Released in September 2022, his innocence was proven by the podcast Serial.
This article is part of a series of four stories about social justice and wrongful convictions in the United States published in the LILA Gazette in January 2023.
By Flora Haberman – 10th grade.
In 1999, when he was a senior in highschool, Adnan Syed was accused of murdering Hae Min lee, his ex-girlfriend, when she was found buried in Baltimore’s Leakin Park, dead by strangulation. Syed was convicted of the crime in 2000 and, until recently, has been serving a life sentence. On September 19th 2022, his conviction was vacated after the discovery of “significant reliability issues regarding the most critical pieces of evidence” surrounding the case, prosecutors said. After 23 years in prison, Syed was released and is now serving home detention.
It is well known that the case’s retrial was prompted by further investigation done by Sarah Koenig in her podcast Serial, first released in 2014. Only efforts outside of the justice system, including the work of uncertified detectives and internet sleuths, worked to probe deeper into pre-existing details surrounding the case, finding, eventually, that certain evidence was insufficient and lacking in legitimacy. In fact, it was only acknowledged on September 14th, 2022 that two other suspects had potentially been involved in the murder, even though the podcast had raised the same doubts many years prior. It has become more and more evident that Serial is the only reason Syed’s case has been continuously looked into at all.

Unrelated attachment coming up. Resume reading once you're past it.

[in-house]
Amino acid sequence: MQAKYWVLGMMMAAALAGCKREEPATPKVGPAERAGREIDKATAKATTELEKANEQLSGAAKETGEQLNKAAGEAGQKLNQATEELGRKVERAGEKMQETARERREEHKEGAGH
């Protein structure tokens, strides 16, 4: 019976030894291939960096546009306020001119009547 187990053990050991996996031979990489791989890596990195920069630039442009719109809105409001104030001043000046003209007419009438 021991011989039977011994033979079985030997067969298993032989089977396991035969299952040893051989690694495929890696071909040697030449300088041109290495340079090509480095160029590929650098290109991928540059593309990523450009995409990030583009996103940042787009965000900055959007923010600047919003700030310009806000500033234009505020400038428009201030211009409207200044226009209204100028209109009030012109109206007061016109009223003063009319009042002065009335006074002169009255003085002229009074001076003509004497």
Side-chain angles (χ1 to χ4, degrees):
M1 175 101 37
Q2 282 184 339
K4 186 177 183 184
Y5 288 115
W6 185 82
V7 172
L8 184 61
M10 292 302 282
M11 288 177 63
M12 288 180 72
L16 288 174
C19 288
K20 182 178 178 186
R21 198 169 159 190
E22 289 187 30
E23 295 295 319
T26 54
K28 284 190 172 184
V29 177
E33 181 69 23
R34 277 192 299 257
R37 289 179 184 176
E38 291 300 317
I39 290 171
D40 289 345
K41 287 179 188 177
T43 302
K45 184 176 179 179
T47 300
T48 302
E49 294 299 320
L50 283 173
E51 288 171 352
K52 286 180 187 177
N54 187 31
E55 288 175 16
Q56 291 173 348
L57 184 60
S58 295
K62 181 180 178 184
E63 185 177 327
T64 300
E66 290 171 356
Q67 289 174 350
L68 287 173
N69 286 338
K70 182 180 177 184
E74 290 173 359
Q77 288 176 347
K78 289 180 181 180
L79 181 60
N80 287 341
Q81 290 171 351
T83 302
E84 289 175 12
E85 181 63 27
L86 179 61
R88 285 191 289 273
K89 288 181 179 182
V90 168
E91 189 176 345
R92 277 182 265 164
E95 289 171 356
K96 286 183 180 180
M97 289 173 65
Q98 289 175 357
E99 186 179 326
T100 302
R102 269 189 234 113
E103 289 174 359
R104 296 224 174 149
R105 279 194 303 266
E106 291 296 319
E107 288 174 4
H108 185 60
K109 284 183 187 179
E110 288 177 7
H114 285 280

“In the interests of justice and fairness”
Though Judge Melissa M. Phinn of Baltimore City Circuit Court, who ordered the overturning of Syed’s conviction, said that the decision was made “in the interests of justice and fairness” (in The New York Times), when examining the situation for what it is, “fairness” and “justice” can hardly be found at all. The only blazing fact brought to light is the Justice System’s continuous failure to properly carry out thorough and fair investigations and convictions. Criminal Law has been majorly mishandled in this country for years and, as a result, innocent individuals have had to suffer with the consequences.